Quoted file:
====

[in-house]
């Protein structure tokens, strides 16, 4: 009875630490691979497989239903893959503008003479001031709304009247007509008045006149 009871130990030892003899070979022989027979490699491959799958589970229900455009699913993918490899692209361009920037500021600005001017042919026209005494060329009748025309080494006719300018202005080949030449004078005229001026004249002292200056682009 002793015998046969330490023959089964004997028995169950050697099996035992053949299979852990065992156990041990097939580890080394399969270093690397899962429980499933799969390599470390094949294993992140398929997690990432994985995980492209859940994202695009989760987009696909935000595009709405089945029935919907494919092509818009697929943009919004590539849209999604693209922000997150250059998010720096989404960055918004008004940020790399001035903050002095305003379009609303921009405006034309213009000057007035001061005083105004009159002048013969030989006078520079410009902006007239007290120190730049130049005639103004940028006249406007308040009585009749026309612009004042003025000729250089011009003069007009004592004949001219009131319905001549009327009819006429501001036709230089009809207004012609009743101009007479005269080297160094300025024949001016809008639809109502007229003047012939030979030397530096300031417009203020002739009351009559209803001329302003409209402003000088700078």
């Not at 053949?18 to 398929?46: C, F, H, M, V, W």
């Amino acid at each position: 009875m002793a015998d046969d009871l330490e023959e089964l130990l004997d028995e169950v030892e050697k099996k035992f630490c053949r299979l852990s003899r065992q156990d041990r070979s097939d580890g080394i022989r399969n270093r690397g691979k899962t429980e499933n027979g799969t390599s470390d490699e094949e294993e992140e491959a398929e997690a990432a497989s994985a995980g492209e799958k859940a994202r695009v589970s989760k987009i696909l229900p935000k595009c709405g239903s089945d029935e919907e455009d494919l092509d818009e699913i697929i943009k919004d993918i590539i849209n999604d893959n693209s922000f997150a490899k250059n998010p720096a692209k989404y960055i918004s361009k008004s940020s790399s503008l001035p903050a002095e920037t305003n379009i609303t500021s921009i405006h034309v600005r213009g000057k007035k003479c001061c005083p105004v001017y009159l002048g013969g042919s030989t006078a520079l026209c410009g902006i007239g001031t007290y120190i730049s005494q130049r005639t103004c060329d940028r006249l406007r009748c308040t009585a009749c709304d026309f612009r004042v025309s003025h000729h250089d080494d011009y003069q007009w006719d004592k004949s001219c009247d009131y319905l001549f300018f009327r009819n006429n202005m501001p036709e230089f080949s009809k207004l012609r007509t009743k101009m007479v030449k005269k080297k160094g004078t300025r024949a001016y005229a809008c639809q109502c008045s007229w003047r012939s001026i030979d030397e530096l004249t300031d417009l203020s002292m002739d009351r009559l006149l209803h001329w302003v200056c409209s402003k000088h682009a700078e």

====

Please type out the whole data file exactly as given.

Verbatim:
[in-house]
């Protein structure tokens, strides 16, 4: 009875630490691979497989239903893959503008003479001031709304009247007509008045006149 009871130990030892003899070979022989027979490699491959799958589970229900455009699913993918490899692209361009920037500021600005001017042919026209005494060329009748025309080494006719300018202005080949030449004078005229001026004249002292200056682009 002793015998046969330490023959089964004997028995169950050697099996035992053949299979852990065992156990041990097939580890080394399969270093690397899962429980499933799969390599470390094949294993992140398929997690990432994985995980492209859940994202695009989760987009696909935000595009709405089945029935919907494919092509818009697929943009919004590539849209999604693209922000997150250059998010720096989404960055918004008004940020790399001035903050002095305003379009609303921009405006034309213009000057007035001061005083105004009159002048013969030989006078520079410009902006007239007290120190730049130049005639103004940028006249406007308040009585009749026309612009004042003025000729250089011009003069007009004592004949001219009131319905001549009327009819006429501001036709230089009809207004012609009743101009007479005269080297160094300025024949001016809008639809109502007229003047012939030979030397530096300031417009203020002739009351009559209803001329302003409209402003000088700078």
């Not at 053949?18 to 398929?46: C, F, H, M, V, W």
């Amino acid at each position: 009875m002793a015998d046969d009871l330490e023959e089964l130990l004997d028995e169950v030892e050697k099996k035992f630490c053949r299979l852990s003899r065992q156990d041990r070979s097939d580890g080394i022989r399969n270093r690397g691979k899962t429980e499933n027979g799969t390599s470390d490699e094949e294993e992140e491959a398929e997690a990432a497989s994985a995980g492209e799958k859940a994202r695009v589970s989760k987009i696909l229900p935000k595009c709405g239903s089945d029935e919907e455009d494919l092509d818009e699913i697929i943009k919004d993918i590539i849209n999604d893959n693209s922000f997150a490899k250059n998010p720096a692209k989404y960055i918004s361009k008004s940020s790399s503008l001035p903050a002095e920037t305003n379009i609303t500021s921009i405006h034309v600005r213009g000057k007035k003479c001061c005083p105004v001017y009159l002048g013969g042919s030989t006078a520079l026209c410009g902006i007239g001031t007290y120190i730049s005494q130049r005639t103004c060329d940028r006249l406007r009748c308040t009585a009749c709304d026309f612009r004042v025309s003025h000729h250089d080494d011009y003069q007009w006719d004592k004949s001219c009247d009131y319905l001549f300018f009327r009819n006429n202005m501001p036709e230089f080949s009809k207004l012609r007509t009743k101009m007479v030449k005269k080297k160094g004078t300025r024949a001016y005229a809008c639809q109502c008045s007229w003047r012939s001026i030979d030397e530096l004249t300031d417009l203020s002292m002739d009351r009559l006149l209803h001329w302003v200056c409209s402003k000088h682009a700078e």